“Last year, we set up a new branch for our UK-based translation business in Romania (my native country). While language was no issue, the rest of it was no smooth ride. The UK and Romania are pretty dissimilar in terms of both red tape and culture.
“Bureaucracy-wise, the main difference is the amount of paperwork (and I mean ‘paper’ in a very literal sense) required in order to set up a business. As opposed to the UK business which I set up with no external help, online, from my home office, it was a different story in Romania where I had to contract the services of a local lawyer. Just to give you an idea, according to the World Bank, UK ranks 19th (out of 190 countries) in terms of how easy it is to start a business, Romania is 111th.
“The same goes for accounting: it is imperative for a business to use the services of an accredited accountant. Even if you speak the language, you most likely don’t speak the lingo.
“Communication: while email is my preferred means of communication, those intending to set up shop in Romania should be aware that the phone is the easiest and quickest way to reach those you need to contact.
“Another significant cultural difference is addressing people by their first name – after many years of living and working in the UK, this comes as a second nature to me; however, a more formal approach is needed in Romania.
“The bottom line? Before deciding to set up a business, make sure you’ve done your research and don’t hesitate to ask for help or advice.”
Managing change and uncertainty
No business venture is without its storms, and it’s important to be prepared for any changes that may come your way. Make sure you stay up-to-date on any changes that are coming into effect, both in your country and those you trade with, and prepare well in advance if any of these will impact how you do business.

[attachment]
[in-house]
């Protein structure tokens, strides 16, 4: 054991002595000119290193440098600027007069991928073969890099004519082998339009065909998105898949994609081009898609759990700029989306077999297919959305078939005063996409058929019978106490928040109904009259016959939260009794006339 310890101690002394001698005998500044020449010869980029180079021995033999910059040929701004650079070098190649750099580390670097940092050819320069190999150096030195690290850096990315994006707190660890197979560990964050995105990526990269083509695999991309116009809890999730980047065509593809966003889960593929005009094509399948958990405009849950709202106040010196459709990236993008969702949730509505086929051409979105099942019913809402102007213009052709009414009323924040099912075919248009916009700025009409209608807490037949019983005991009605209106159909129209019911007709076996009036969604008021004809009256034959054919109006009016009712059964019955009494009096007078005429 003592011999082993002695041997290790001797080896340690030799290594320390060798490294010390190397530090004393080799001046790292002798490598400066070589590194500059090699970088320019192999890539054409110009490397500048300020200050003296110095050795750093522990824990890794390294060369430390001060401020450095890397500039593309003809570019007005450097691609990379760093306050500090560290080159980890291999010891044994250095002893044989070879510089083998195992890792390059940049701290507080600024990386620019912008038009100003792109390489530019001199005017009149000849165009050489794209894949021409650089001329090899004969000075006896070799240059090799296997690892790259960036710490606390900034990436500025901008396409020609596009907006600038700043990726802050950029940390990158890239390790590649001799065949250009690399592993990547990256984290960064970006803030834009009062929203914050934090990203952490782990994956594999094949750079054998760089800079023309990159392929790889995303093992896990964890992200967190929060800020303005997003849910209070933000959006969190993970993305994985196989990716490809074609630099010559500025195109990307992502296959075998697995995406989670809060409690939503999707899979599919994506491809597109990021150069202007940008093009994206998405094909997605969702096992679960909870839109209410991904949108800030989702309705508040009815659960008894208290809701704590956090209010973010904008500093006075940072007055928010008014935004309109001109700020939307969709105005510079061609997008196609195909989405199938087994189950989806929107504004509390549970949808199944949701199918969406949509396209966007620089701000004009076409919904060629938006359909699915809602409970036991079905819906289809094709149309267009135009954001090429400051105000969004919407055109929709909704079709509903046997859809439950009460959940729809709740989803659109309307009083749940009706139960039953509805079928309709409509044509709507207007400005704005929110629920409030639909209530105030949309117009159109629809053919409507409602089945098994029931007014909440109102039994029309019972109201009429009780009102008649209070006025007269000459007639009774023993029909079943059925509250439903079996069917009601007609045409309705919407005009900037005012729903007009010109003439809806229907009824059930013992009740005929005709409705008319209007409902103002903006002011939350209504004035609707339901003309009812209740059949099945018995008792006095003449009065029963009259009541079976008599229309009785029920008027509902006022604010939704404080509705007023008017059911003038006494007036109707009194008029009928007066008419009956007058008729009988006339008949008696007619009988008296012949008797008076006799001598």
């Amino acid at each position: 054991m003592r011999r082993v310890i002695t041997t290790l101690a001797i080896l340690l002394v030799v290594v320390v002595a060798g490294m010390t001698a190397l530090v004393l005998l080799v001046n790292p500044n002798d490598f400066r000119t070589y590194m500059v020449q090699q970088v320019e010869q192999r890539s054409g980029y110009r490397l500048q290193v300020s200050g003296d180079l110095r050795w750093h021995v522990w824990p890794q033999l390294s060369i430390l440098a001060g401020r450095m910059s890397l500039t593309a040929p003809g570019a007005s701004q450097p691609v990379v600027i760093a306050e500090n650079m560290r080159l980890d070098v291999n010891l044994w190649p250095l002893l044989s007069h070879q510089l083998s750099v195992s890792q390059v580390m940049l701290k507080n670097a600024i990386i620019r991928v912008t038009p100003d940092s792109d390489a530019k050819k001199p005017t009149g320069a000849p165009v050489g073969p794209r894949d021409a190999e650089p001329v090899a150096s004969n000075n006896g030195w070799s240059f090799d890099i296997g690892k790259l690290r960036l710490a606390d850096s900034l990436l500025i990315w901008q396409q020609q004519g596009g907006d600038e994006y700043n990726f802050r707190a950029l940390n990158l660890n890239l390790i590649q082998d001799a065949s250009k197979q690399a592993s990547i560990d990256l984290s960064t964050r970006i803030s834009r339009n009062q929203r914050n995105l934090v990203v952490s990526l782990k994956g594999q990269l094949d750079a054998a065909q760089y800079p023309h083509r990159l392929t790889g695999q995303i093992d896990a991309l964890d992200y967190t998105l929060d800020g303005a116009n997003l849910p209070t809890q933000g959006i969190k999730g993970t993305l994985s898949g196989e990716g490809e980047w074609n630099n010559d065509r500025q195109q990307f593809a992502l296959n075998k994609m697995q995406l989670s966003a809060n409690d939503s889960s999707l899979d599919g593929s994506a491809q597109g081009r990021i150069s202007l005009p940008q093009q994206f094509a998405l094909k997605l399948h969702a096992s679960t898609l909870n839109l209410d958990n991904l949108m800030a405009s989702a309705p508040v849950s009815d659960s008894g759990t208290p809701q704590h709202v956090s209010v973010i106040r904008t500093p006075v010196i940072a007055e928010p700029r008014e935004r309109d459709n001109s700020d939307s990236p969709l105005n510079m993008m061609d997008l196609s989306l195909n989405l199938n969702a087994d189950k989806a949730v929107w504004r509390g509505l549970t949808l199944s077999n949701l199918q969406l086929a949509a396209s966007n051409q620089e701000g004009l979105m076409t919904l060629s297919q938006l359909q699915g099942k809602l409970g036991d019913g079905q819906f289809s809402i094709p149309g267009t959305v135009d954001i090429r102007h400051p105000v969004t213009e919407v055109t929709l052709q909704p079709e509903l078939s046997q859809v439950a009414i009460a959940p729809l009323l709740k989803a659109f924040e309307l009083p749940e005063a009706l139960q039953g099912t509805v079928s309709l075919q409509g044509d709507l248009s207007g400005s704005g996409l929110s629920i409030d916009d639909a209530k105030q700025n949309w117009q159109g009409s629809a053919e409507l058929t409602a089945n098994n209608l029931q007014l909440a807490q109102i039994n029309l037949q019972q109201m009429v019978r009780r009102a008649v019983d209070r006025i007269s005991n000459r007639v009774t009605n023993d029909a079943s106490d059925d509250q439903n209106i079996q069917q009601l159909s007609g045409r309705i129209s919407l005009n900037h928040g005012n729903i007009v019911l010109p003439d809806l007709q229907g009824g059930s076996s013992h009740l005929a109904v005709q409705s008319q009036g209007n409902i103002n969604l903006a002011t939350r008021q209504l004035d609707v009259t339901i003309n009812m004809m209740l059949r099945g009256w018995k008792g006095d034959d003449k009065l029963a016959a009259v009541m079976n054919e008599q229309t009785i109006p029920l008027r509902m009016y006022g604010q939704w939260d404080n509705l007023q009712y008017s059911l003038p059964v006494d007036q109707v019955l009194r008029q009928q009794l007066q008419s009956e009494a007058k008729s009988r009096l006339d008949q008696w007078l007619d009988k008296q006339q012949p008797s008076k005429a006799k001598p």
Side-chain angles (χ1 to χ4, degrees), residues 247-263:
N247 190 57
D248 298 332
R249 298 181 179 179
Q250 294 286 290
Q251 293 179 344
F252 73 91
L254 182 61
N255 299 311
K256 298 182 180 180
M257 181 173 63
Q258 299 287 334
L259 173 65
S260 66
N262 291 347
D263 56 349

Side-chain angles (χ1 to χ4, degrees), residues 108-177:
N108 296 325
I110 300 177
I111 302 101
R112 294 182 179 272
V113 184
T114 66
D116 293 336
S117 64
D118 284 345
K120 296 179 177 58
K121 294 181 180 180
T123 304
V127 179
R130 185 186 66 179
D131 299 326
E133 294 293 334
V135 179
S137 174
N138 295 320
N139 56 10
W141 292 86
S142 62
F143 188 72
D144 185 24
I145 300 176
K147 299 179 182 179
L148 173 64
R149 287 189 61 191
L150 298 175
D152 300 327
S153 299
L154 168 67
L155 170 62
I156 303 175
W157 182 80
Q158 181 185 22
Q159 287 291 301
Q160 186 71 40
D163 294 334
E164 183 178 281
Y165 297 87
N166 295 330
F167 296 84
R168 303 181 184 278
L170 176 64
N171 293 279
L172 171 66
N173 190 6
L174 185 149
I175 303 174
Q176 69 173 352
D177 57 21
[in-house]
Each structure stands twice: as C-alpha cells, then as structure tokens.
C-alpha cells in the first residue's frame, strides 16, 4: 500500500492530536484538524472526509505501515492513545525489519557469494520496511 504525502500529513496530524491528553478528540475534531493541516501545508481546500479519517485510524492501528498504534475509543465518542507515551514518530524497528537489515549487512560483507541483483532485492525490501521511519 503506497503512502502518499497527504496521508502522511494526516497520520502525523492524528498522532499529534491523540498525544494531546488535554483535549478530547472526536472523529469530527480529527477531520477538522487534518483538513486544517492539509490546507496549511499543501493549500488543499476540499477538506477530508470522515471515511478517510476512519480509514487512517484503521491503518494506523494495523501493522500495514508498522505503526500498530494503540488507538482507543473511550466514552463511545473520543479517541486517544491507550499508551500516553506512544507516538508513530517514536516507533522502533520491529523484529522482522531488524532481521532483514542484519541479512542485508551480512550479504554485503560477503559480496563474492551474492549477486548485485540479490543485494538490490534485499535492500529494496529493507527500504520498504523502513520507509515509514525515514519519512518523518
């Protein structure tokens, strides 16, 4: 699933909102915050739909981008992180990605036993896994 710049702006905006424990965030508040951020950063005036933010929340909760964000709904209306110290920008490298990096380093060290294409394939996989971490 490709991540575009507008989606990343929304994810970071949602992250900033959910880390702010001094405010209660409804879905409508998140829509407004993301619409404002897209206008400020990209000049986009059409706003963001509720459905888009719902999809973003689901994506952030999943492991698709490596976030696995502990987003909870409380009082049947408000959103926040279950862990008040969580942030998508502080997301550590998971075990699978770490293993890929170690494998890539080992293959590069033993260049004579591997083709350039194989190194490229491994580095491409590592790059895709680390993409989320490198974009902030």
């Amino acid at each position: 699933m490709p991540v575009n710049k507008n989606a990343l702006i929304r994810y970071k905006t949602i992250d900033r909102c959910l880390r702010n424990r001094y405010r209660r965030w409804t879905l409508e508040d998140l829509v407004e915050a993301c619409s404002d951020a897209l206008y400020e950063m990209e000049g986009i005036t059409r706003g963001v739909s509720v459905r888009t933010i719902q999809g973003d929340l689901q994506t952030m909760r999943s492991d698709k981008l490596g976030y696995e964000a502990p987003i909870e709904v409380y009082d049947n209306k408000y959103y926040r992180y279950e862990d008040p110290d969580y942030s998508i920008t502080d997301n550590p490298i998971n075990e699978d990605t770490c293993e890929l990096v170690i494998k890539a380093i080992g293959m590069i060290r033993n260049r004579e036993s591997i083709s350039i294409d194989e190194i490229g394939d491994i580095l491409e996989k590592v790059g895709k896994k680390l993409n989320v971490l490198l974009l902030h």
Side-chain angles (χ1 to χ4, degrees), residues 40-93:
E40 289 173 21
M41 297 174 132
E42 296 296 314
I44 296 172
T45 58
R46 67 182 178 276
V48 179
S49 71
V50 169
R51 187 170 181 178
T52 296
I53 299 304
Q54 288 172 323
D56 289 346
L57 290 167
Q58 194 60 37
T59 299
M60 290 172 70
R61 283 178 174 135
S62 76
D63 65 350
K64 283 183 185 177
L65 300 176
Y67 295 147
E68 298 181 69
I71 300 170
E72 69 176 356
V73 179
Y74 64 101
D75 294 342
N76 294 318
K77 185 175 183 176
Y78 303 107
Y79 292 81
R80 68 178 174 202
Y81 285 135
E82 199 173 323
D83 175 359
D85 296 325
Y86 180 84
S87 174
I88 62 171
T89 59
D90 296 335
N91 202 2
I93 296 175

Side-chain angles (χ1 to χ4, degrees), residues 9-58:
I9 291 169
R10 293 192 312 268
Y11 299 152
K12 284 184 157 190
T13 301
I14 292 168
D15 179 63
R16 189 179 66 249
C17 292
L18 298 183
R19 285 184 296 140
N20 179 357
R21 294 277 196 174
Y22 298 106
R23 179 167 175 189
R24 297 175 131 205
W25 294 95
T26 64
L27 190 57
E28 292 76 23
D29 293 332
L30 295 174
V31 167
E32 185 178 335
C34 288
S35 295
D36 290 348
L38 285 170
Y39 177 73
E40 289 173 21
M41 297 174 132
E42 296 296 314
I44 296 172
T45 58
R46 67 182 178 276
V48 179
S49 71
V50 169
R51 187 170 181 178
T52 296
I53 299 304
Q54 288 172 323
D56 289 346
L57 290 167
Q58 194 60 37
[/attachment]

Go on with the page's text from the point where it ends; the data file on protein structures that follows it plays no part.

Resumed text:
Mike Danby weighs in again:
“One of the biggest challenges facing our business is changing cross-border agreements, duties and inspections. Yes, Brexit affects these, but there are other issues like national security, smuggling and human trafficking that either directly or indirectly affect international trade on an ongoing basis. Companies need to be on top of proposed legislative changes and have contingencies in place to ensure their business adapts quickly and effectively. We’ve developed bespoke software that enables us to forecast and adjust tariffs, project management and delivery times according to different scenarios.”
Online presence and customer service
In today’s digital world, it’s near impossible to establish a company, grow it and have it succeed without an online presence. But it’s not enough to set up a website and expect business as usual, you need to be treating the customers that come through your virtual doors with the highest priority.
Lindsay Willott, CEO and founder of Customer Thermometer says that your customer service should never falter:
“I started exporting pretty much within the first month of our foundation and our 3rd ever customer was a North American buyer. It can happen organically if you have an easy process on your website for US customers to order and pay for your product. Many businesses succeed virtually, so having an international office isn’t key, but that does mean that your online presence and support needs to be second to none. Customer service is the value add that will enable accounts to grow and recommendations to be made.
“Once you are established it may be worthwhile to look into recruiting some local partners that can help sell and deliver your service. They may take a cut but can prove invaluable as they will have a much bigger network and can help advise on the cultural nuances. We now have such a good base in the US that we charge for our service in dollars.”